Families with missing loved ones gather Saturday for resources and support

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Families with missing loved ones attend Missing in Colorado Saturday, an event hosted by the Longmont Department of

Kelsie Schelling went to visit her boyfriend in Pueblo after he asked her to come down from Denver. She never returned. Years later, her family is still looking for her.

Kelsie was 19 years old and eight weeks pregnant when she went missing on Feb. 4, 2013, her mother Laura Saxton said. She had driven down to Pueblo to meet her boyfriend Donthe Lucas and show him an ultrasound. Lucas has been called a person of interest in the case.

Kelsie was spirited, strong willed and had a contagious laugh. She also had beautiful eyes and a beautiful smile, Saxton said.

“We just want to find her,” she said. “We’re not giving up on finding her even though we’re getting close to five years.”

The Saxtons were one of the families who attended Missing in Colorado, a Saturday event hosted by the Longmont Department of Public Safety and the Colorado Bureau of Investigation to give families resources and the opportunity to meet with others in similar situations.

Crime Stoppers, the Boulder Coroner’s Office, Colorado Forensic Canines, Families of Homicide Victims and Missing Persons and the National Missing and Unidentified Persons System were among the organizations present.

Those organizations help families in their search in different ways.

FOHVAMP analyzes cases and gives families suggestions on what to do next. NamUs is a database for both families and law enforcement to put up information about missing people that can be cross referenced against each other. Colorado Forensic Canines will aid in missing person and cold cases for free.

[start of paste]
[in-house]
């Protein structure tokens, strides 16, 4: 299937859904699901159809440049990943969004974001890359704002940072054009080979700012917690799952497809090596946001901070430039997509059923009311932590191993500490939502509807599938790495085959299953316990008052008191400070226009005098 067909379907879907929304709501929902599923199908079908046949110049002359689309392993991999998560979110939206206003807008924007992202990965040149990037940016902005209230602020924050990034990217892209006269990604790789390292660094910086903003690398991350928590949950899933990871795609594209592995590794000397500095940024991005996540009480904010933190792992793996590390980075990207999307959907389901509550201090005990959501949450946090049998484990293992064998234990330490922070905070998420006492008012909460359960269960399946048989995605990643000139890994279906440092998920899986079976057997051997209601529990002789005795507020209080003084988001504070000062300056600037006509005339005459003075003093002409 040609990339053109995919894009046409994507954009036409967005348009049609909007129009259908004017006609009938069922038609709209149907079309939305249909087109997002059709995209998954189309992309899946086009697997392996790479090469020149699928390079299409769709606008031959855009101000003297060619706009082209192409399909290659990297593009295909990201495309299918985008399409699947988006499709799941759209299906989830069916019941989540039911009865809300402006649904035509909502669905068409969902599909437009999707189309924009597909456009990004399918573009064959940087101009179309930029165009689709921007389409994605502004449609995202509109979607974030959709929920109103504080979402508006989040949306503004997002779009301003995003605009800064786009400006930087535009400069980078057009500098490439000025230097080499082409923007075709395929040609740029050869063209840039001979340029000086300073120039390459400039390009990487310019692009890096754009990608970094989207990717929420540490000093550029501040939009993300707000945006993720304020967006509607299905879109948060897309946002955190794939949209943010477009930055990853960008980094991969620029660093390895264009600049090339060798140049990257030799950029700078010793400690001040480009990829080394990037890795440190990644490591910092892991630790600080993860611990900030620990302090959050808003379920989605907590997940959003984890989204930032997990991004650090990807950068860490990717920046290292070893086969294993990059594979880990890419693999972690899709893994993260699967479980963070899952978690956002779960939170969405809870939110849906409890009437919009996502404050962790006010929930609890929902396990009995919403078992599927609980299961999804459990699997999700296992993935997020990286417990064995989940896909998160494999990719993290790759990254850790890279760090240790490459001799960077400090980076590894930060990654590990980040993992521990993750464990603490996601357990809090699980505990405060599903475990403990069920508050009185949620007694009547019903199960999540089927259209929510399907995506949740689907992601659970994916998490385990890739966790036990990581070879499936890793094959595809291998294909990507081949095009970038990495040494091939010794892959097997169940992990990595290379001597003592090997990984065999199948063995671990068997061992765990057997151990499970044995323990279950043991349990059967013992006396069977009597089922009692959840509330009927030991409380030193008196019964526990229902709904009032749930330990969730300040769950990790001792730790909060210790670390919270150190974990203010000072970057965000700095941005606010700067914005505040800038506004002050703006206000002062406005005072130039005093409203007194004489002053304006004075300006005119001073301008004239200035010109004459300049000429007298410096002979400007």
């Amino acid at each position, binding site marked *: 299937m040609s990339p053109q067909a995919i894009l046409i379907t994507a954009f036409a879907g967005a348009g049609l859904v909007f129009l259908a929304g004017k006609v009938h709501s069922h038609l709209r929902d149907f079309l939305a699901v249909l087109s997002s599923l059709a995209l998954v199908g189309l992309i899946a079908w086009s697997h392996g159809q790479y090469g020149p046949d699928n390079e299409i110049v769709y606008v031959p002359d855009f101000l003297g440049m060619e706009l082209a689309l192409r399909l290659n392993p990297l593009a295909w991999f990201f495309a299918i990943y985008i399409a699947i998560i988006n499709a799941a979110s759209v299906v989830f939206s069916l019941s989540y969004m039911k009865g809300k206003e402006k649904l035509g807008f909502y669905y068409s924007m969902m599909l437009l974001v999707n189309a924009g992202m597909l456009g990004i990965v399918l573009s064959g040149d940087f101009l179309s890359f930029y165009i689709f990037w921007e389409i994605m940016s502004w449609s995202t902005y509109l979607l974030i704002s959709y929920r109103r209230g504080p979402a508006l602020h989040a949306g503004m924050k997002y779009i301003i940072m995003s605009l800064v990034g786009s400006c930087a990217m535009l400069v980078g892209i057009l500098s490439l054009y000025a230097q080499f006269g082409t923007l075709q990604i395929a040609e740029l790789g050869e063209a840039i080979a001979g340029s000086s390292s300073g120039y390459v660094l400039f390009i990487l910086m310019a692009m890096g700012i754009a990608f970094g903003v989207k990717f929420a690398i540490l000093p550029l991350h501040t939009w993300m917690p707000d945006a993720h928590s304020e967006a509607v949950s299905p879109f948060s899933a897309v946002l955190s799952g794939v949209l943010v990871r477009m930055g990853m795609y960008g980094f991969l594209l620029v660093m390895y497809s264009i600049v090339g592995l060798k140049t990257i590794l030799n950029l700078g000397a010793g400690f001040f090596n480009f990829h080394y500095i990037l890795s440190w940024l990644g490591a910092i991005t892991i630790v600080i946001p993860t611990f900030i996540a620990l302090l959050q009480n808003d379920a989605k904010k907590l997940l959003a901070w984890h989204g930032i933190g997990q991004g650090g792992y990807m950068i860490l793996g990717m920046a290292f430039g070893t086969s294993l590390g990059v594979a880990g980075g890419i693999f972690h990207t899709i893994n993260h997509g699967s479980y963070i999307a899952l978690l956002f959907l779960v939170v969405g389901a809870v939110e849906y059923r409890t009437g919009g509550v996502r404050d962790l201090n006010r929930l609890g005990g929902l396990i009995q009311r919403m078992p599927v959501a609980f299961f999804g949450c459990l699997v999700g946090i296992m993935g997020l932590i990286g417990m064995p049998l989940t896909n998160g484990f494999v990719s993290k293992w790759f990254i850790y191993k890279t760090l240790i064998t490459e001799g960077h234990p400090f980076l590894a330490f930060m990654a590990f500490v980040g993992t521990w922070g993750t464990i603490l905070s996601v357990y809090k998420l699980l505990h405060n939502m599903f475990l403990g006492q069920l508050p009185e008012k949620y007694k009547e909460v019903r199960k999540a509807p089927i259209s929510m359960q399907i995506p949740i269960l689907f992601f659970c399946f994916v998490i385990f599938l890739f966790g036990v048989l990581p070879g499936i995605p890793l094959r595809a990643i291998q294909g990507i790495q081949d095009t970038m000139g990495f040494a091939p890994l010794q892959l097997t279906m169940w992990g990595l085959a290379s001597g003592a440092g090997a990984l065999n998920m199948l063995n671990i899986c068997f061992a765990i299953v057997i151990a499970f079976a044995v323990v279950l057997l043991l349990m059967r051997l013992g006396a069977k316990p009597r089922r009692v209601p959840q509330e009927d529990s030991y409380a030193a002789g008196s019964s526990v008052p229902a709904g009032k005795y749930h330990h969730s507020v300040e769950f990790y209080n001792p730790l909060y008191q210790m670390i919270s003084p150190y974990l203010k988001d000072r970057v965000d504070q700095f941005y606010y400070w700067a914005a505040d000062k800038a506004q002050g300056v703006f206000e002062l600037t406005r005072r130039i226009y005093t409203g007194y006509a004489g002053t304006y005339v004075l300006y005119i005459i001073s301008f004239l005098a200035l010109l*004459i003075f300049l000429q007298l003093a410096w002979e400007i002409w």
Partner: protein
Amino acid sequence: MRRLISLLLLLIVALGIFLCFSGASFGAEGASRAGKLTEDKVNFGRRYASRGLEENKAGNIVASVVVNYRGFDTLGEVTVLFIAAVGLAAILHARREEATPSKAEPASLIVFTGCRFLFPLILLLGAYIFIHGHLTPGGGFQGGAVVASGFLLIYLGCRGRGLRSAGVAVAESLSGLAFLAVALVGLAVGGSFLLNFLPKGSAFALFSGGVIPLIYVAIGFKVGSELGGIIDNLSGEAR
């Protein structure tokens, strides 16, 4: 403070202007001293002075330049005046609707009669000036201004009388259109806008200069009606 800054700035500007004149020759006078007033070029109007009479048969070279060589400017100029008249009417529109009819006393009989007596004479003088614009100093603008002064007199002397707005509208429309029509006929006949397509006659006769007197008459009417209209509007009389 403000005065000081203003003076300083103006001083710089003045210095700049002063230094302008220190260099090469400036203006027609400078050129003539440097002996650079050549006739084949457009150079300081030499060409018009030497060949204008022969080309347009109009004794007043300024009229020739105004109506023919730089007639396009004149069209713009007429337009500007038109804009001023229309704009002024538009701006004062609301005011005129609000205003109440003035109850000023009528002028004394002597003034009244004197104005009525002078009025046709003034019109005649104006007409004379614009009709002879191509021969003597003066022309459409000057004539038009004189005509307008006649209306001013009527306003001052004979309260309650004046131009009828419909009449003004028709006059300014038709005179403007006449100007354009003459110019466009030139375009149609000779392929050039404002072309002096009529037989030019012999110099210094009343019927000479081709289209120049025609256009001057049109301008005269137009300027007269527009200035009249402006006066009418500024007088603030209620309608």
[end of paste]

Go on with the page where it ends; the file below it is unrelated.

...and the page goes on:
Binders of information on some unidentified remains were available for people to see whether they matched their loved ones. Artists who make clay sculptures and sketches based on remains were also present. There was a luncheon reserved for just families so people can lend support to one another.

Beyond resources and support, the event was also to remind people that there are many people missing in Colorado, CBI analyst Audrey Simkins said.

A majority of reports for missing people are runaways who return the following Sunday or Monday, she said.

“It’s those that don’t return who we need to focus our attention on,” she said.

Some families had loved ones who had disappeared this year, she said. Others have had loved ones missing for 10, 20, 30 years. This event was an opportunity for them to learn from one another.

As time goes on, people forget about those who have gone missing, Saxton said. She was glad Missing in Colorado and Colorado Missing Persons Day, both in their second years, “give the family at least two days in the year for their loved ones to be remembered.”

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